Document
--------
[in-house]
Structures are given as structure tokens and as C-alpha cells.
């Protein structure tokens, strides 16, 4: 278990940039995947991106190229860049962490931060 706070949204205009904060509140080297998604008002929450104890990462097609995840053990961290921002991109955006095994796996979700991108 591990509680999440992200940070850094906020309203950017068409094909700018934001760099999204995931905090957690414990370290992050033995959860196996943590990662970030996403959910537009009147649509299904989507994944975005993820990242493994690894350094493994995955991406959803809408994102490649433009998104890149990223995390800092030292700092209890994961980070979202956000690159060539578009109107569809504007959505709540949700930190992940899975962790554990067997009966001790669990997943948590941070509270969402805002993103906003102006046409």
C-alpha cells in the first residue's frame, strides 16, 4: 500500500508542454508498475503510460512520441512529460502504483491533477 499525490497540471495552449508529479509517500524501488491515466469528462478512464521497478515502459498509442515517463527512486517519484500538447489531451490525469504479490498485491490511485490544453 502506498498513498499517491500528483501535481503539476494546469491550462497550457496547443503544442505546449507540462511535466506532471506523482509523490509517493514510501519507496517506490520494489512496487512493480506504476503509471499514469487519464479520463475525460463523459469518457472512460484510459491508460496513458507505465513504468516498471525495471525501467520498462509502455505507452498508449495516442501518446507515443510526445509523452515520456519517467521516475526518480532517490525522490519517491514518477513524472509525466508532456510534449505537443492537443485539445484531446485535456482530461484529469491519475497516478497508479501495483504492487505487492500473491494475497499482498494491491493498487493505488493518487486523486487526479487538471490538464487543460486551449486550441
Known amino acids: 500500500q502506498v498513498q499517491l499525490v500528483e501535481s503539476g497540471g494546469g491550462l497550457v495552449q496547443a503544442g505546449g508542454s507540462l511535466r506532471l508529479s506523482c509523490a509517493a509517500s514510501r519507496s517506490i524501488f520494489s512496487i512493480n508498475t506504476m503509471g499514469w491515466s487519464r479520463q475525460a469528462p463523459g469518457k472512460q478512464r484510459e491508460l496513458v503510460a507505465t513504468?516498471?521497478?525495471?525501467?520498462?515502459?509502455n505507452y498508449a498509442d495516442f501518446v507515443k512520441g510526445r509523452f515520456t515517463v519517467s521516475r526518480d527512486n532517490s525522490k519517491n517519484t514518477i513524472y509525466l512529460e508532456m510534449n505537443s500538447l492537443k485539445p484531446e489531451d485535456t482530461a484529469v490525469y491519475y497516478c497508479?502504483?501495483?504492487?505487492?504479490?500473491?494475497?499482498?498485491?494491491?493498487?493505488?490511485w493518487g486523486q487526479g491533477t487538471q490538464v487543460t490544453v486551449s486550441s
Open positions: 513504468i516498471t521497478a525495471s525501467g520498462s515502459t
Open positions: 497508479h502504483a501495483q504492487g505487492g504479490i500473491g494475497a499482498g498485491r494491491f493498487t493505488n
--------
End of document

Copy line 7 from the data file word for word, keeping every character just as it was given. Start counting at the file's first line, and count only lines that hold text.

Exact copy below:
Open positions: 497508479h502504483a501495483q504492487g505487492g504479490i500473491g494475497a499482498g498485491r494491491f493498487t493505488n